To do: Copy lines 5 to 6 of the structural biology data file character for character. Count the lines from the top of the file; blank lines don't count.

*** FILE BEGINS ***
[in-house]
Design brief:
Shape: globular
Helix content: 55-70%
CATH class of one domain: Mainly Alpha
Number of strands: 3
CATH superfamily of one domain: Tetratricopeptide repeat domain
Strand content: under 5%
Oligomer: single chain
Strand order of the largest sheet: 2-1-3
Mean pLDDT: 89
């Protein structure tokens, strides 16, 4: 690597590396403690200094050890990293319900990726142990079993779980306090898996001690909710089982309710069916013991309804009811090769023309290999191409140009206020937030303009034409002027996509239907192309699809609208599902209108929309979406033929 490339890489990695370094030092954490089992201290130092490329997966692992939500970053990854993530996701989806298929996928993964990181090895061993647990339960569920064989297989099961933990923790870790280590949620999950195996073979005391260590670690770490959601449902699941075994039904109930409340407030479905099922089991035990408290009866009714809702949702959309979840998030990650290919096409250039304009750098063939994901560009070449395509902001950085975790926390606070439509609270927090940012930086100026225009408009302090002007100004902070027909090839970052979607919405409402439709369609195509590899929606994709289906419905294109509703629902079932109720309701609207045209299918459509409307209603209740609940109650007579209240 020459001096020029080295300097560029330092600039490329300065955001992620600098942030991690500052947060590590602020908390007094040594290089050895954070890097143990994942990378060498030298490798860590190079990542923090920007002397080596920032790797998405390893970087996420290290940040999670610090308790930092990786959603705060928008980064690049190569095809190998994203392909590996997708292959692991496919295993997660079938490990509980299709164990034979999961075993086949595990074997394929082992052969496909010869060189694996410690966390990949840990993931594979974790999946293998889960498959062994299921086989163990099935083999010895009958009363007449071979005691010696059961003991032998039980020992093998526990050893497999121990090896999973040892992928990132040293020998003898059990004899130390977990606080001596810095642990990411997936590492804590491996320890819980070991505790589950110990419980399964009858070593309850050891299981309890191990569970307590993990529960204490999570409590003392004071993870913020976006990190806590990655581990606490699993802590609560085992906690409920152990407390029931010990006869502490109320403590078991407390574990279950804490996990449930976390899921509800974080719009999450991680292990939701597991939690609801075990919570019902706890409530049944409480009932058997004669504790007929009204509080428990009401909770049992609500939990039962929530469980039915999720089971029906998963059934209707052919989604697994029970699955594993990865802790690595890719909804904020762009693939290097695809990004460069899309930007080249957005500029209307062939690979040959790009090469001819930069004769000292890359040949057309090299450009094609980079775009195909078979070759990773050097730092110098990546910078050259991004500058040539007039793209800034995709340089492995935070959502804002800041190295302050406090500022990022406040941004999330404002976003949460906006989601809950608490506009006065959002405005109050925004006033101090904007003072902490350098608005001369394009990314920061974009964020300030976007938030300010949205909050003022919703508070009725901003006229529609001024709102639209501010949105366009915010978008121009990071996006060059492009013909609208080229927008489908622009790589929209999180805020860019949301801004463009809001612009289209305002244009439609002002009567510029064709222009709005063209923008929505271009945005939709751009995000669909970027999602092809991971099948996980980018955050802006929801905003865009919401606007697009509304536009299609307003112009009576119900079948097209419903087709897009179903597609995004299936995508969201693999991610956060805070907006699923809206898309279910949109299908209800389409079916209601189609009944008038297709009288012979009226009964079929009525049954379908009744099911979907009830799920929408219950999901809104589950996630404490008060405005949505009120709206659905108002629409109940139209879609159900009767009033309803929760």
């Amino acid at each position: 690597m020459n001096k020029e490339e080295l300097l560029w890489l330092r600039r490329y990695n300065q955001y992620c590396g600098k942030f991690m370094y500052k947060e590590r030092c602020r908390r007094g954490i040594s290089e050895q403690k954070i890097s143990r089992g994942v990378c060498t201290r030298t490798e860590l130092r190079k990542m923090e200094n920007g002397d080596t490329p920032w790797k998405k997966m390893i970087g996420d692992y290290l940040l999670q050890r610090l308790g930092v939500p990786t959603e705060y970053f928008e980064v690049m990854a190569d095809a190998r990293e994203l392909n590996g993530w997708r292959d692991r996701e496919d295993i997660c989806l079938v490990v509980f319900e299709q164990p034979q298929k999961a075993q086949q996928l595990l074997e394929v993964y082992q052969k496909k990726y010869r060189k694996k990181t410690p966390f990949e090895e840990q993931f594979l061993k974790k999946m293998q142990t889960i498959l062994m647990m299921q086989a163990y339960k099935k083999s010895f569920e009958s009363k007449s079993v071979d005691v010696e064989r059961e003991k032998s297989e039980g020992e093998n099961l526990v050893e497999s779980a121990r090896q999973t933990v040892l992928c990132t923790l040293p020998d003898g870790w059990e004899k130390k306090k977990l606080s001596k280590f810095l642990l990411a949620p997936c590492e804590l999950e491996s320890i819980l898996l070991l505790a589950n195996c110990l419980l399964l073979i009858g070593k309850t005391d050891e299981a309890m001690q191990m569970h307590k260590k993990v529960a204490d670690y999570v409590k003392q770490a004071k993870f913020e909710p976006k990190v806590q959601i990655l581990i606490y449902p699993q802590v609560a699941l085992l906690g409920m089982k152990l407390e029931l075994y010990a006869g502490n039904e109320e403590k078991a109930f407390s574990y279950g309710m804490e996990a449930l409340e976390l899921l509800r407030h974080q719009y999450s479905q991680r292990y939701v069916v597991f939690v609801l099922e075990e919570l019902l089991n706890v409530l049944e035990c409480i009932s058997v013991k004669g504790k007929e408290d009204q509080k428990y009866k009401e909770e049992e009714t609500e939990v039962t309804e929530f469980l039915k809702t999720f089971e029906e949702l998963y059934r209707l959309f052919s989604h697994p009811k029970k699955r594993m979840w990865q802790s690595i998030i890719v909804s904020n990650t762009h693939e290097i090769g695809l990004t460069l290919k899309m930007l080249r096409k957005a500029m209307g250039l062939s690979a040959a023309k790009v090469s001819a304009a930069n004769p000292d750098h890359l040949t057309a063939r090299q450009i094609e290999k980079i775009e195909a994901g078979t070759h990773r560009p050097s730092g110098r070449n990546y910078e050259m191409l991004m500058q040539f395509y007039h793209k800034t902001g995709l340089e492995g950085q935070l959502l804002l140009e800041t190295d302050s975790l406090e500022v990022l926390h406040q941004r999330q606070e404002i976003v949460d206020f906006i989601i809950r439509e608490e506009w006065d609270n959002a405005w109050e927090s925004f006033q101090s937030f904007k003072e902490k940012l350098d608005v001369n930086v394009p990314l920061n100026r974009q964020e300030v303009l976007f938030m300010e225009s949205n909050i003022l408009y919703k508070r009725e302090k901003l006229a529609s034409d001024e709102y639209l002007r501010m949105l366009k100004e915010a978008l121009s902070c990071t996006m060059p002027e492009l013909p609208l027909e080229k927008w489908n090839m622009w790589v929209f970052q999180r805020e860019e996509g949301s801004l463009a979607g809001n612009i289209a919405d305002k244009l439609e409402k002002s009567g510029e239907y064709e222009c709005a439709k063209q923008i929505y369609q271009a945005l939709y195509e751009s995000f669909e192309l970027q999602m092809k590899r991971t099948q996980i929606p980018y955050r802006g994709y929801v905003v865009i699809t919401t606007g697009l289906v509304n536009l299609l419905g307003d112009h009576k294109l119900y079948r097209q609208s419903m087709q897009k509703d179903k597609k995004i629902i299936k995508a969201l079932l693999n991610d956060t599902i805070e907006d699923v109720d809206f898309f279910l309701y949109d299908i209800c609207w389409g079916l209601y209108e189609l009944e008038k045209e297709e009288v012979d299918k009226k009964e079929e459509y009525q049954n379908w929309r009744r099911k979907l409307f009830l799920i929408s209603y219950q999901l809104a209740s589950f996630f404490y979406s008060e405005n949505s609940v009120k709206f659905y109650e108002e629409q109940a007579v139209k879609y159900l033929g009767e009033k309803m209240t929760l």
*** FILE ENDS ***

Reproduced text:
CATH class of one domain: Mainly Alpha
Number of strands: 3